On Halloween eve in downtown Barre, as merchants handed out candy to costumed children, Kat Collins gave away condoms to adults. She was dressed up as "kind of a glamorous witch," she tells me in a recent interview. And her treat carried a bit of a trick: a message from the Center for Biological Diversity to have fewer kids and save the animals.
The conservation organization, based in Tucson, Ariz., advocates for endangered species, from the dwarf seahorse to the giant polar bear. It concocted the condom campaign as a way to address population growth. Collins, 59, who supports many animal-welfare causes and returned to her native Barre from Boston almost six years ago, saw a news posting about the condom campaign last fall on the CBD's website. She signed up as a volunteer distributor.
"It's a massive, massive crisis," she says. "The human population — we have ruined everything on this planet, and we still haven't corrected ourselves. We are consuming everything we can. We are polluting everything we can."
Each package of two LifeStyles brand ultra-lubricated condoms comes in a cardboard wrapper with a species-appropriate slogan: "In the sack? Save the Leatherback [sea turtle]." "Cover your tweedle. Save the burying beetle." "Don't go bare. Panthers are rare."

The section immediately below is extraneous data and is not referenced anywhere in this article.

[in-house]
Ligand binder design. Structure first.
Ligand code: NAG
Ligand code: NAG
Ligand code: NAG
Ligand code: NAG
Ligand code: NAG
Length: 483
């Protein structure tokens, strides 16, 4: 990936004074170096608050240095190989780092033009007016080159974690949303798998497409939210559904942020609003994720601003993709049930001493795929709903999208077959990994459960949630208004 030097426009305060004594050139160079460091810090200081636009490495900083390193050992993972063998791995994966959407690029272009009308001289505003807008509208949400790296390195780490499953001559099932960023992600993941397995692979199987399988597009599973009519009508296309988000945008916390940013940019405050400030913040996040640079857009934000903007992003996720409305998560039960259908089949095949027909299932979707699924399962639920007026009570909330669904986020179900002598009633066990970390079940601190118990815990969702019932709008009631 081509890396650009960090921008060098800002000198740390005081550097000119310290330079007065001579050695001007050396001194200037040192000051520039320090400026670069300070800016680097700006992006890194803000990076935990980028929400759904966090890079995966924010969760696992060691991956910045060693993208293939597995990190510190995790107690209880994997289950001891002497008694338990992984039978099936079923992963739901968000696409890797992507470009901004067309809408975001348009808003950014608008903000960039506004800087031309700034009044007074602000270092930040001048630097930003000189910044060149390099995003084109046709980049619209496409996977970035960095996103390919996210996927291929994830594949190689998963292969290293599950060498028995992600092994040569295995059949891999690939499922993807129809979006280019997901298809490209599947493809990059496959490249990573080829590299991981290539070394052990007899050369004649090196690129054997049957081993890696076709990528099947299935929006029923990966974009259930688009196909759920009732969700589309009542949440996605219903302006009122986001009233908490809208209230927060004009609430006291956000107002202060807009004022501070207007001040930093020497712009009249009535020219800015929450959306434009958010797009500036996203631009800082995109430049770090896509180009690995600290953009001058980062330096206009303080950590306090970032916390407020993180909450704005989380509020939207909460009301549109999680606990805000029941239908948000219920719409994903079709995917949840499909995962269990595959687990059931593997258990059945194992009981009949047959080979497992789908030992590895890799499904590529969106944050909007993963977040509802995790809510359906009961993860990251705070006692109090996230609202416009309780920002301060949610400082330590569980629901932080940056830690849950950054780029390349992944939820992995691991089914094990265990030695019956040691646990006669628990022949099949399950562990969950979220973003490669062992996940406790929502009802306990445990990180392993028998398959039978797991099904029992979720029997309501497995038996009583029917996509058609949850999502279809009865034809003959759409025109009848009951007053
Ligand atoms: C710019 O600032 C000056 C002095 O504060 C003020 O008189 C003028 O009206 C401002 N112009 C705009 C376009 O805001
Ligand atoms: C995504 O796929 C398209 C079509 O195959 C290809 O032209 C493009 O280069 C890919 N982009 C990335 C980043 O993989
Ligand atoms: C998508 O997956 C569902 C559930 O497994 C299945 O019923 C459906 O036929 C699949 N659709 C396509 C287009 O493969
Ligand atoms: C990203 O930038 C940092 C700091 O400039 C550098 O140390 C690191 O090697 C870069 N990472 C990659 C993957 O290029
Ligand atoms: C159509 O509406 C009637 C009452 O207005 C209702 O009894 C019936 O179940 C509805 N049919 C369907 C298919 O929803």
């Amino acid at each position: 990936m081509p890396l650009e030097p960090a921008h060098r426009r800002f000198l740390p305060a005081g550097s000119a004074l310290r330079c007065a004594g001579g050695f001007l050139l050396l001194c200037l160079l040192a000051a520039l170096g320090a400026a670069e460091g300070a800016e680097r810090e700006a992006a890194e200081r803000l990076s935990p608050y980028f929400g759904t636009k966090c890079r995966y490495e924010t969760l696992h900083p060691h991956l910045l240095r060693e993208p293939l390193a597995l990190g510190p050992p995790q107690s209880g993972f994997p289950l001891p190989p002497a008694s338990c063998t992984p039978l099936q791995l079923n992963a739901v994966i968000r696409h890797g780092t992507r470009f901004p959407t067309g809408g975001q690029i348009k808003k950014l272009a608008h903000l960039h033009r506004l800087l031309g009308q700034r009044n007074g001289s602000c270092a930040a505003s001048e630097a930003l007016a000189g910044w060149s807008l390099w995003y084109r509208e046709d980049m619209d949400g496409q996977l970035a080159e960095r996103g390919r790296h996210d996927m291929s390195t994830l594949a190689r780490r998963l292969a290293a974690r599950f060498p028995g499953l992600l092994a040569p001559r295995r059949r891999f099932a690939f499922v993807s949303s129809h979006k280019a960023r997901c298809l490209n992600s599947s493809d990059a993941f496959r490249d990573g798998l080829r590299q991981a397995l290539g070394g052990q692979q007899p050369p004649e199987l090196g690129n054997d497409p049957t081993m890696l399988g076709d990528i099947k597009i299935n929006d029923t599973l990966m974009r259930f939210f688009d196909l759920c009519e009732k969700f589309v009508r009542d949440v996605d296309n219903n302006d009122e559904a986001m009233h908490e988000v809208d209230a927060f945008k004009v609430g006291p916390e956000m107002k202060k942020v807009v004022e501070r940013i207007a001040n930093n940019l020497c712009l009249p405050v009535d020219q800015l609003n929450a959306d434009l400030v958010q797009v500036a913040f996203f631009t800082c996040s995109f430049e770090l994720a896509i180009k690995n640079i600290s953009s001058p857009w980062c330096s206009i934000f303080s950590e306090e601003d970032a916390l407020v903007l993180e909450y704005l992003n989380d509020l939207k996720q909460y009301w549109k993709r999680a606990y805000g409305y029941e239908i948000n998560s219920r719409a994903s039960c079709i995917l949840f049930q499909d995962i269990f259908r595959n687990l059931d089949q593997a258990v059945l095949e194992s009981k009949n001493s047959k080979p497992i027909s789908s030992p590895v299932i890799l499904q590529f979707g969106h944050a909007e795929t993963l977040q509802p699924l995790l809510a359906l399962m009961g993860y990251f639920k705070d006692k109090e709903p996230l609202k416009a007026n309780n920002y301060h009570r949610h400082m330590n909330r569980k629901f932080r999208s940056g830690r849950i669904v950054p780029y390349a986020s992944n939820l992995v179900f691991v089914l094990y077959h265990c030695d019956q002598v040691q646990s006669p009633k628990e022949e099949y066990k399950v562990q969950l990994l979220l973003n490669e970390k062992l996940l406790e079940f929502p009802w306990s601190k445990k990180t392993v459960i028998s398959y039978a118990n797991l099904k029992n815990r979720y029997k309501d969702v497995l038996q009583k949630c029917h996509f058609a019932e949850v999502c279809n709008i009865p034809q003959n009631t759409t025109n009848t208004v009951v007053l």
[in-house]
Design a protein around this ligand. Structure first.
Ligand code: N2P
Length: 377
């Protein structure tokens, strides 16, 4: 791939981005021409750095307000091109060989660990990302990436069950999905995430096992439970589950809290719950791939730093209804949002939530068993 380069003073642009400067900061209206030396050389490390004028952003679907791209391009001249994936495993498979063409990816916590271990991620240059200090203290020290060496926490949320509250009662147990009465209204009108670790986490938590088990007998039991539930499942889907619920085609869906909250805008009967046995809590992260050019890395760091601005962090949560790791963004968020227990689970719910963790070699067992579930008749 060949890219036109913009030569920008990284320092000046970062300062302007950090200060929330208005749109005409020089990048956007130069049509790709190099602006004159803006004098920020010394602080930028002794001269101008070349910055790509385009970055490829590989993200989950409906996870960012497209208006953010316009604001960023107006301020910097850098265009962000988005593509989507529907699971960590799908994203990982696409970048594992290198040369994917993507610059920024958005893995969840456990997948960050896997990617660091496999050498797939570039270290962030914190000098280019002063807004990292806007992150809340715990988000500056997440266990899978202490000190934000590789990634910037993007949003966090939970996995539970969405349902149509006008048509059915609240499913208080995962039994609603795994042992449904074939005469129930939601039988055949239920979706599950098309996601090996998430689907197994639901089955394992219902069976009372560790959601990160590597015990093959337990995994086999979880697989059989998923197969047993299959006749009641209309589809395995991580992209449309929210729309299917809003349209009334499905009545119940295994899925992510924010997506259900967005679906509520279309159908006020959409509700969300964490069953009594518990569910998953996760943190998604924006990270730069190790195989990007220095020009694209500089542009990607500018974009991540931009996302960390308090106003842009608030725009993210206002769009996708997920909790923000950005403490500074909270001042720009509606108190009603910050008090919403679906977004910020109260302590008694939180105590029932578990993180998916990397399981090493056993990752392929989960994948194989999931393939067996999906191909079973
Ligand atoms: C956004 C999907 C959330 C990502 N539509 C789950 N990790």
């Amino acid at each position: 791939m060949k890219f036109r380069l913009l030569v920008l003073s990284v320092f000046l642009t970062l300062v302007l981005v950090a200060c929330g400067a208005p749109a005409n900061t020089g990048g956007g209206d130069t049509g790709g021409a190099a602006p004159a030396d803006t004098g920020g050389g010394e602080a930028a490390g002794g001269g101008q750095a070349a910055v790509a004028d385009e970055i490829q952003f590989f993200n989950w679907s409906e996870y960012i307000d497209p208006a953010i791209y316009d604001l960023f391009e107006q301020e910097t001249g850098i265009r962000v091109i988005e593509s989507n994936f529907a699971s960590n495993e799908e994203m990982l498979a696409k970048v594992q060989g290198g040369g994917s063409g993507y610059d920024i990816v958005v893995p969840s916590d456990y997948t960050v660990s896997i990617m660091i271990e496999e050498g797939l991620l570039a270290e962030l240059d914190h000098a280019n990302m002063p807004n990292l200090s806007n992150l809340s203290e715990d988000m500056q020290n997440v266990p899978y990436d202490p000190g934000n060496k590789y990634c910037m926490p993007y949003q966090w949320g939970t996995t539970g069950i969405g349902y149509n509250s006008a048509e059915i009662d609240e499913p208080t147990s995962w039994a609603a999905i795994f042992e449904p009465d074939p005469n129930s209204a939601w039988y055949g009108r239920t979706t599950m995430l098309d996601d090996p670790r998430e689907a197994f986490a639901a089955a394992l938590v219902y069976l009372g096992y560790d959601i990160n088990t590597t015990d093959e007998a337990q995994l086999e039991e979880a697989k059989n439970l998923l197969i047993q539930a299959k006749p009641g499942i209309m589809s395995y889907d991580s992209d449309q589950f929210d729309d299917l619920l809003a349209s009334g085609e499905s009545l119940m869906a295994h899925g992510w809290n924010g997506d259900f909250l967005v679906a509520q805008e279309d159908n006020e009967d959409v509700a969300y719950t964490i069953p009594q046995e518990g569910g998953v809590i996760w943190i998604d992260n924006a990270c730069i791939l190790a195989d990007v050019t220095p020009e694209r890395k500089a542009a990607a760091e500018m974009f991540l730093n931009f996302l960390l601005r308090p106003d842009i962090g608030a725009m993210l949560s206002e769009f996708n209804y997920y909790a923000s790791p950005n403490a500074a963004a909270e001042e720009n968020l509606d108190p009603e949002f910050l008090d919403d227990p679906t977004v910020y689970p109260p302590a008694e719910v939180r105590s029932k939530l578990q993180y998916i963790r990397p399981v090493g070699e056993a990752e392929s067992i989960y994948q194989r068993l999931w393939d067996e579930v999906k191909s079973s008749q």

The artwork and the clever, colorful packaging clinch the appeal, Collins says. Because of the lighthearted approach, she has met with little hostility during her distributions.
"The packaging is so brilliant on this," she says. "It's fun. It's happy."
During her first distribution effort — that Halloween in Barre — Collins gave away about 150 packets. Everyone responded with enthusiasm or at least civility, she says, even a city official who took one of the samples. He told her, "This is a great way to do it," Collins recalls.
On New Year's Day, Collins passed out condoms on Church Street in downtown Burlington. Many college students laughed when they saw the messages and voiced their approval: "Oh, this is great!" she relates.
It was on the Marketplace, though, that Collins encountered her sole negative response to date. A man walking alone took the condoms, which were accompanied by Collins' cheery greeting: "Happy New Year from the Endangered Species Coalition."